HELENA — Advocates have filed a class-action lawsuit, accusing the state of Montana of failing to meet the requirements for providing “Indian Education for All.”
The American Civil Liberties Union, ACLU of Montana and the Native American Rights Fund filed the case in state district court in Cascade County, on behalf of 18 public-school students, 11 parents and five Montana tribes.
In the suit, they accuse the Montana Office of Public Instruction and Board of Public Education of failing to establish minimum standards for Indian education – to ensure school districts comply with the requirements and work cooperatively with tribes.
“What we have are some schools that are doing a fabulous job of implementing Indian education across the board in public school curricula, and some simply aren’t,” said Alex Rate, legal director for the ACLU of Montana.
Montana’s Constitution includes a provision saying, “The state recognizes the distinct and unique cultural heritage of the American Indians and is committed in its educational goals to the preservation of their cultural integrity.” In 1999, the state Legislature approved a law setting up the Indian Education for All program as a way to implement those commitments.
Shelly Fyant, the chairwoman of the Confederated Salish and Kootenai Tribes, said Native and non-Native students all benefit from more exposure to tribal culture. She said, too often, Indian students are still subjected to negative stereotypes and prejudice.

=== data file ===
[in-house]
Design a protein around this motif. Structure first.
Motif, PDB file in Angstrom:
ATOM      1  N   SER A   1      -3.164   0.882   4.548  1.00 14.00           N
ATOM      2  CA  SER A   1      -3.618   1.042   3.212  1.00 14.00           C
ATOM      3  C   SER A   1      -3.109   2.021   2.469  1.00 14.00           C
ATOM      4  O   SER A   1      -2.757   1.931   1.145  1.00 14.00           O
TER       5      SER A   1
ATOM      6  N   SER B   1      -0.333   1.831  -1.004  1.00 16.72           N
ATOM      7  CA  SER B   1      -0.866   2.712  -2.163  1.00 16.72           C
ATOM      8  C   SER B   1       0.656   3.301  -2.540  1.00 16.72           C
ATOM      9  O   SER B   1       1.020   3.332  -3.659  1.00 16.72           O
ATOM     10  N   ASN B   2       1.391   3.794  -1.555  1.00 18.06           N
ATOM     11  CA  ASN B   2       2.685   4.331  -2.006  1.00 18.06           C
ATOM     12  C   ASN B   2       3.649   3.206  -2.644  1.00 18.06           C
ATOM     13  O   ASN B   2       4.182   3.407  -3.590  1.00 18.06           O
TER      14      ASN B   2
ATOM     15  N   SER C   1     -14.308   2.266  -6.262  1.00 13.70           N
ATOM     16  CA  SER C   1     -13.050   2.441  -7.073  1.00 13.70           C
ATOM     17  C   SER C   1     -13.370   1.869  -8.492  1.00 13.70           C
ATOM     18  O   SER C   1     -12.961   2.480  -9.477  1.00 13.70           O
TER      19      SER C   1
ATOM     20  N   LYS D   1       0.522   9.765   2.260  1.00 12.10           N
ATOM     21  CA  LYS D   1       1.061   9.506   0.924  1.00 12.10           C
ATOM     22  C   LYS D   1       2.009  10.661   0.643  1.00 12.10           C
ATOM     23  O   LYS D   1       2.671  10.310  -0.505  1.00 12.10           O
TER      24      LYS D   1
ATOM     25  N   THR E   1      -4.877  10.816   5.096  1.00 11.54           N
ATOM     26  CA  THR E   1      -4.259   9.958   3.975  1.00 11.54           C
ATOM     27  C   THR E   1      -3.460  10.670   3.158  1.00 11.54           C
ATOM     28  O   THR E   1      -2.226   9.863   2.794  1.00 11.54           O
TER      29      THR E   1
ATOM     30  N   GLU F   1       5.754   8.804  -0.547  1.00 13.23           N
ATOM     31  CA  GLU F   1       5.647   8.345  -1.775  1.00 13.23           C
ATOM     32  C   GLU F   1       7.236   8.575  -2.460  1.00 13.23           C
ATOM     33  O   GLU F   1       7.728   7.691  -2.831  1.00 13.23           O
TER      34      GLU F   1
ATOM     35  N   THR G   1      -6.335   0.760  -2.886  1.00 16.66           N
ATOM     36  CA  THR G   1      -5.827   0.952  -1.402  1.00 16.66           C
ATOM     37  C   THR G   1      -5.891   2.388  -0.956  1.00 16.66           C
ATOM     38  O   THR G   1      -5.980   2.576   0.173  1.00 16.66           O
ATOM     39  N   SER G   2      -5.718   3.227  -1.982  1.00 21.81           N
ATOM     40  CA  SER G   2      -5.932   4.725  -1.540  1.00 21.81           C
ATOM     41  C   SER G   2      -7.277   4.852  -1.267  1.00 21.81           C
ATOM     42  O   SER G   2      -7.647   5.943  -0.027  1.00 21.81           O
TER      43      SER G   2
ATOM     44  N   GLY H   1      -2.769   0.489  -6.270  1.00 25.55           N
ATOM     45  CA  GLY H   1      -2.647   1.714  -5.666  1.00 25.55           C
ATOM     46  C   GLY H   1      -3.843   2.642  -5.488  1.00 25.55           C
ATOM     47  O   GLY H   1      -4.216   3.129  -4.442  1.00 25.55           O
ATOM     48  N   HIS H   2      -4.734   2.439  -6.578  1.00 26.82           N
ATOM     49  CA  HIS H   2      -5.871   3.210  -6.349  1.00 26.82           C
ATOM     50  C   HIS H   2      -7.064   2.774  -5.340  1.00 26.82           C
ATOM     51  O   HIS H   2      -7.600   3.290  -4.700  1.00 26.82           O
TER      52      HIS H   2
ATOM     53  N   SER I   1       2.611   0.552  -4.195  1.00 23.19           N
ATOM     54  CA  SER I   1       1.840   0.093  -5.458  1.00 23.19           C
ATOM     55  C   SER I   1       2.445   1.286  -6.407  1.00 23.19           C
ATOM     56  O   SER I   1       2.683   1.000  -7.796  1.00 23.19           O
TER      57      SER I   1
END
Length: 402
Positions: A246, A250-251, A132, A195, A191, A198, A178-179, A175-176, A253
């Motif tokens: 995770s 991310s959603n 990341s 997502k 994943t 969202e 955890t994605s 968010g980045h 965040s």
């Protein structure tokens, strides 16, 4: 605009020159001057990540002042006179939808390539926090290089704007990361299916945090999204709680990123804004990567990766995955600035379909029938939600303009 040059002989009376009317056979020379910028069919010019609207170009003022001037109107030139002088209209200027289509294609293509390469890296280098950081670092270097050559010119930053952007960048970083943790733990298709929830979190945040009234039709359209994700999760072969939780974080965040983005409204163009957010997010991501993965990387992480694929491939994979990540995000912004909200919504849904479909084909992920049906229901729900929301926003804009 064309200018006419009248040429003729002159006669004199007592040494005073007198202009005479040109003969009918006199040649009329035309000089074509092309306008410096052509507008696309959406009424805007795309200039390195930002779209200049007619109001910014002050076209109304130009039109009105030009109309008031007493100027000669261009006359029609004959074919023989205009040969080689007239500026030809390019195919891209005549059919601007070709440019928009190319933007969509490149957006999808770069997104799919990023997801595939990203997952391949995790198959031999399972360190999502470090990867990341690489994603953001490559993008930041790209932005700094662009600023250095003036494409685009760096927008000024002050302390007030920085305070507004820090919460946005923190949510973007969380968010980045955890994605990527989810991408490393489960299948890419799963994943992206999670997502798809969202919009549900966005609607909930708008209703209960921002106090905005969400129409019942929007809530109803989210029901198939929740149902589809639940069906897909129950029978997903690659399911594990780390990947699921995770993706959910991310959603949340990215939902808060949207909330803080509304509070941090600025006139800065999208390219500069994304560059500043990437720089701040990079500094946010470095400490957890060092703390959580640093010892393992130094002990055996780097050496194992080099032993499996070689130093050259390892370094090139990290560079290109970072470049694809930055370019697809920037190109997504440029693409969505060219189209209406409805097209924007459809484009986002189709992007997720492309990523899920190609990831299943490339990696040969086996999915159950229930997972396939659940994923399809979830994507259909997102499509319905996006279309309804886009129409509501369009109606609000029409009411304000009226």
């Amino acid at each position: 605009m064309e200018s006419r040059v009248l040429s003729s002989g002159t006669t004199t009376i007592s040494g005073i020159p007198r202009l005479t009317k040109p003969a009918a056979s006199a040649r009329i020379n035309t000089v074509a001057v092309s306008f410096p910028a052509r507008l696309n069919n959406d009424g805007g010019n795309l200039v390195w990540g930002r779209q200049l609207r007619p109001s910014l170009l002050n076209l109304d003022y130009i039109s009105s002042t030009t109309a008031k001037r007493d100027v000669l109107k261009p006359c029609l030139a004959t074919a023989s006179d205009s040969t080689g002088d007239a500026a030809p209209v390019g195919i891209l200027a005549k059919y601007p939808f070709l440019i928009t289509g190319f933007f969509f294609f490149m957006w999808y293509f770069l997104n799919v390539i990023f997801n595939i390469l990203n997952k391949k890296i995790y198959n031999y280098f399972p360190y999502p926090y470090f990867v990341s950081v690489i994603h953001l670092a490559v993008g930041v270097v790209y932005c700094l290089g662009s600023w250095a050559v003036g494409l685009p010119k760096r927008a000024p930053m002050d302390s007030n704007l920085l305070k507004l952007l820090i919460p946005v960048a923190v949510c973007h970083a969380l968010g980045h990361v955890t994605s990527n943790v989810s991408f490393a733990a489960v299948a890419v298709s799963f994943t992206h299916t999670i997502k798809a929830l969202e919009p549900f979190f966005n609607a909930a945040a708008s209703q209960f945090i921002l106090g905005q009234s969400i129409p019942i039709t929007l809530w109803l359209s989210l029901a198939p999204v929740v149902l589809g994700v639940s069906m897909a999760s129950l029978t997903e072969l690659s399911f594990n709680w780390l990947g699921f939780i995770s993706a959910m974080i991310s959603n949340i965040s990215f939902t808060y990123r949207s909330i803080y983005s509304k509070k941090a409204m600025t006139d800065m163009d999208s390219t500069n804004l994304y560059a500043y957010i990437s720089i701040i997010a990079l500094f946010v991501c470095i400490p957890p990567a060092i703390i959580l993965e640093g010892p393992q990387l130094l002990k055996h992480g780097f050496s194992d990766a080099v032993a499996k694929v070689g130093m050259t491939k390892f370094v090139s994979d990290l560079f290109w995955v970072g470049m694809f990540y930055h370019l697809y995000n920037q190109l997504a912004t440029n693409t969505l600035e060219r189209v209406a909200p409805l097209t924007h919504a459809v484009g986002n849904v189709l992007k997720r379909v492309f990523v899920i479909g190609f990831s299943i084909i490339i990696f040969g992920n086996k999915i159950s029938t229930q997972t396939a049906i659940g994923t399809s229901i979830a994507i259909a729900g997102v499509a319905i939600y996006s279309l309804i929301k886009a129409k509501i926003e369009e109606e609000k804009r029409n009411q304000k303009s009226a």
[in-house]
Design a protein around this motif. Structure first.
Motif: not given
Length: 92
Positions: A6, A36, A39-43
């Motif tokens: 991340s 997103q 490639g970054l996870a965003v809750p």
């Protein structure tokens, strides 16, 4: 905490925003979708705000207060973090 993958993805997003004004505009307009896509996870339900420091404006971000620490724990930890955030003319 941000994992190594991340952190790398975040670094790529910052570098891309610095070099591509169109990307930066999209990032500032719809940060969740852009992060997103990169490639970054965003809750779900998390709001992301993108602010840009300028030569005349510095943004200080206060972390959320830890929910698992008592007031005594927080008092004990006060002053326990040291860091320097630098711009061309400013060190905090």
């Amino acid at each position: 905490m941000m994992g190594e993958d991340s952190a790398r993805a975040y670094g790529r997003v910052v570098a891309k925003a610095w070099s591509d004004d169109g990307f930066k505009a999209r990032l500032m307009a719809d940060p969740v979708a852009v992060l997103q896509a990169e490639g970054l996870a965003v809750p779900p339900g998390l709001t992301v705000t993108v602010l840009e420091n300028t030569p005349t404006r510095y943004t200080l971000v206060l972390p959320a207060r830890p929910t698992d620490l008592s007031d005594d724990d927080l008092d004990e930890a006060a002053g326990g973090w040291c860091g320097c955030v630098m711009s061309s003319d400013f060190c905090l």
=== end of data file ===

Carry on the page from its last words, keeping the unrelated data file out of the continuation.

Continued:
“Teaching the truth from the Native perspective and the Native voice is how this issue will be addressed,” said Fyant.
OPI distributes about $3.5 million a year to school districts for Indian Education for All. Under state law, that money can only be used for Indian education curriculum, materials or training.
According to the complaint, OPI has a form for districts to report their IEFA spending, but many districts either don’t provide details on how that money is used or don’t report spending all of their allotment.
“That means that we have millions of dollars of Indian education funding that’s unaccounted for,” Rate said.
The complaint lays out some IEFA spending that plaintiffs consider inappropriate. For example, it says the Deer Creek School District near Glendive reported purchasing a book discussing Thanksgiving “from an evangelical point of view,’ and whose description says “the actual hero of the Thanksgiving was neither white nor Indian, but God.” In addition, it says Helena’s Broadwater Elementary School library includes a book on marmots – with no connection to tribal culture – with a sticker inside the cover saying it was purchased with IEFA funding.
Rate says they want to see the state establish clear standards for how districts report their IEFA spending, and they want districts to face accountability if they fail to use that funding for what is intended.
“The Office of Public Instruction has done a great job with providing some educational tools and resources related to Indian education, but where a school district is failing to meet its responsibility, OPI hasn’t done anything to ensure that they are adequately implementing Indian education and accounting for the money that they are allocated,” he said.
Fyant said CSKT and other tribes have extensive resources that can help educators working on Indian education plans – if they’re given the opportunity to share them. She said they’re hopeful the state will take steps to ensure the program is implemented more consistently.
“They have had two decades to figure this out,” she said.
A spokesperson for OPI declined to respond for this story, because of the agency’s policy not to comment on pending legislation.
EDITOR'S NOTE: This story has been updated to include new quotes from CSKT Chairwoman Shelly Fyant.